Mr. Stefano Urbani

Founder of TMI – Turismo Medico Italia and Italian Healthcare

Mr. Stefano Urbani

“By completely innovating the strategy in accordance with the new market trends and taking great care in doing so, while remaining within the constraints that the pandemic currently imposes on the health tourism market.”

Stefano is the founder of TMI, Turismo Medico Italia. The first innovative Italian startup in the market of medical tourism, providing medical services for incoming to Italy foreign patients seeking for life treatments, medical check-ups or wellness and SPA, and providing an outbound to over ten countries in the world for Italian patients seeking for a no-life treatment abroad. As a medical tourism & international healthcare expert, he also provides advisory services to medical providers for international business development. 

Trained as a management engineer in the Politecnico di Milano with an Executive MBA, he also studied Global Business Management in Boston College and Negotiation in Audencia Business School.

He also has professional experience as a Management Consultant and Corporate experience in Business Development in Italian regions, Europe, CIS and Arabic countries, Organizational and HR management, Operations, Procurement.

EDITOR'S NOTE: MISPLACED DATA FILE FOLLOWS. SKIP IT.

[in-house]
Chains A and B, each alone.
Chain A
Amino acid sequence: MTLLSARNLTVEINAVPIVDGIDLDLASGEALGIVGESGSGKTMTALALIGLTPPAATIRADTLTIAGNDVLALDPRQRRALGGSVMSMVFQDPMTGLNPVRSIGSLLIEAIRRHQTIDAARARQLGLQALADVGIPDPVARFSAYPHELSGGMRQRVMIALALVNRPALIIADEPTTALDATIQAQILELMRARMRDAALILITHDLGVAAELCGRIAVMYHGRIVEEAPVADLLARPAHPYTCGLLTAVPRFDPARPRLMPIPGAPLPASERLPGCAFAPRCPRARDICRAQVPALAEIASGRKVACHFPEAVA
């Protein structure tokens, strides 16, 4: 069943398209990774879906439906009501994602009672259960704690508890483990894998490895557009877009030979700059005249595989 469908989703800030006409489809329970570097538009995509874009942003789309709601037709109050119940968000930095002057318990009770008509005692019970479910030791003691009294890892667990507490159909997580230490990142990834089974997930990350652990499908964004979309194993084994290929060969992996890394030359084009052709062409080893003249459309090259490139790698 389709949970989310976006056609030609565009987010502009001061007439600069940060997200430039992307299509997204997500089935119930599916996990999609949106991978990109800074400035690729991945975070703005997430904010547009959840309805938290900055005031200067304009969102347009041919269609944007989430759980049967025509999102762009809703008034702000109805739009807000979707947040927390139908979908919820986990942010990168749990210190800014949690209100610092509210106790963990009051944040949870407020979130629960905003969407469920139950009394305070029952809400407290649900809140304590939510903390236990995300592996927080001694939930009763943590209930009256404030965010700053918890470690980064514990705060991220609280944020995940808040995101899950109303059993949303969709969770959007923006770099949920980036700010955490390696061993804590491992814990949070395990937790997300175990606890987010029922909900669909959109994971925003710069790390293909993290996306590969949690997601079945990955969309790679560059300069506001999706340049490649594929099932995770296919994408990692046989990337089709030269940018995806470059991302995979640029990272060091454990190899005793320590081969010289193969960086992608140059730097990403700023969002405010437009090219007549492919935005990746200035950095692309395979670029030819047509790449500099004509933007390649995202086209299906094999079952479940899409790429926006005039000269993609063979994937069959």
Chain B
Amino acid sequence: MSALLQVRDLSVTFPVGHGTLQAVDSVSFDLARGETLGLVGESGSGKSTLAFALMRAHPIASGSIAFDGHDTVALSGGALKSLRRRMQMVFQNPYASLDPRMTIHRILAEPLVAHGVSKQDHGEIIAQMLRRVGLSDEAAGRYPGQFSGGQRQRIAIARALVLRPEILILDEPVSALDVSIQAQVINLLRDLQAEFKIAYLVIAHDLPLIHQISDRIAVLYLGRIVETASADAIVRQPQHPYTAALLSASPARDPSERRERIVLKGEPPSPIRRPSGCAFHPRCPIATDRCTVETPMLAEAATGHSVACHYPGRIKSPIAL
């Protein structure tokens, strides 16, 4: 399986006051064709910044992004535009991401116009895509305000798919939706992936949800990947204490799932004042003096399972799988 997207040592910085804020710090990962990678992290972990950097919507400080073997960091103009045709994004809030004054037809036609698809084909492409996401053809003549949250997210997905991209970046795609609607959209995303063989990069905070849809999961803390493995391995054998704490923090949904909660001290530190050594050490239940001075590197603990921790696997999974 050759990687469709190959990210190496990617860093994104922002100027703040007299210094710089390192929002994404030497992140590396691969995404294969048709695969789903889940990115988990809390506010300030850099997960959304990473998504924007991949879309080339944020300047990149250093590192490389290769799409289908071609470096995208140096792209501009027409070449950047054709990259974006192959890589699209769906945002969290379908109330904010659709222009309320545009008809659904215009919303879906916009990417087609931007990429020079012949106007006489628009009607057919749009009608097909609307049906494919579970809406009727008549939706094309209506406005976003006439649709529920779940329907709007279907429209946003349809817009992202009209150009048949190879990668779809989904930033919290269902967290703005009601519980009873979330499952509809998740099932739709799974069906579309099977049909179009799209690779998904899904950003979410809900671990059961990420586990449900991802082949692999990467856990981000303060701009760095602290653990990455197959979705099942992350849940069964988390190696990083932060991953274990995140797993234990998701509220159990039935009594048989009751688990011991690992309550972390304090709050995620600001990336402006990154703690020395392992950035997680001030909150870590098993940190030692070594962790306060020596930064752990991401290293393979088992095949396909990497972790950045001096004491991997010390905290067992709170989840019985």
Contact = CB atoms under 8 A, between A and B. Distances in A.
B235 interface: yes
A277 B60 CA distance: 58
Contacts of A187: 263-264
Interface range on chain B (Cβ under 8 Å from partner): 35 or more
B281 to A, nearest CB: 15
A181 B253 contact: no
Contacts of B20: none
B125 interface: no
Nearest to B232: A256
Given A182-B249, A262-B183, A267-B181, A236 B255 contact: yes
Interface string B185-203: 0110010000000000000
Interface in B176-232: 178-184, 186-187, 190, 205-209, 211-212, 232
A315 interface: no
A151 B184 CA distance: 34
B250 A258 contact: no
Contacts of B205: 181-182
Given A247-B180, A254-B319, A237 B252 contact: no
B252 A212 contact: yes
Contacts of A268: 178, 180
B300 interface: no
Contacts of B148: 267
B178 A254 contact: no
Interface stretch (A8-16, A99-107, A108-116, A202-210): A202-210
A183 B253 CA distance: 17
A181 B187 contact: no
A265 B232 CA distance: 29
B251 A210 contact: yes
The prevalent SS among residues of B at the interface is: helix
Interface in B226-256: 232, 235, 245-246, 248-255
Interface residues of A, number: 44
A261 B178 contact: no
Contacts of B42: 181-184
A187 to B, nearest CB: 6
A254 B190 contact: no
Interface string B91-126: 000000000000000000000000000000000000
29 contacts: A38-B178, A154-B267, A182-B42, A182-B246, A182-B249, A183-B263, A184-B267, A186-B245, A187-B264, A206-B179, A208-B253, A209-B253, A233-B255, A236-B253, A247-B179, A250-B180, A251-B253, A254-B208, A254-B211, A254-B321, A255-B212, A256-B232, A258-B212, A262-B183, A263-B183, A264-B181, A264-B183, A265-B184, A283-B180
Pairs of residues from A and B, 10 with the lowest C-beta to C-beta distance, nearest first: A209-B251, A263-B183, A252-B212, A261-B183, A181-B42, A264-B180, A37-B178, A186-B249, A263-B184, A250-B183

As You know, Italy was one of the most affected countries even before the WHO declared the pandemic on 11 March 2020, managing effectively but with great difficulty and commitment of the population the circulation of the virus Covid-19. We interviewed Stefano asking him some questions on how the medical tourism market is moving and what are his forecasts in this regard.

As travel markets start to thaw from a deep freeze, what about health tourism?

Travel market and health tourism are two very different markets for two specific reasons:

a) The market value – Travel market has earned between $5.29 trillion (1) and $8.27 trillion (2) in 2017, while health tourism has achieved between $53,768 million (3) and $439 billion (4) during the same year. As you see, there is a comprehensive deviation between the amounts in travel market (+/-20%), while this deviation in medical tourism is phenomenally high. And secondly, travel market has gained approximately thousand times more than health tourism. This means that if we have sufficient indicative data for the tourism market for medical tourism there are no reliable data; 

b) The market choice lever and the target. Tourists are travelling for pleasure, patients are travelling for health reasons; they are searching for a medical service that can save their life or that it can make them feel better, in the body and in the spirit.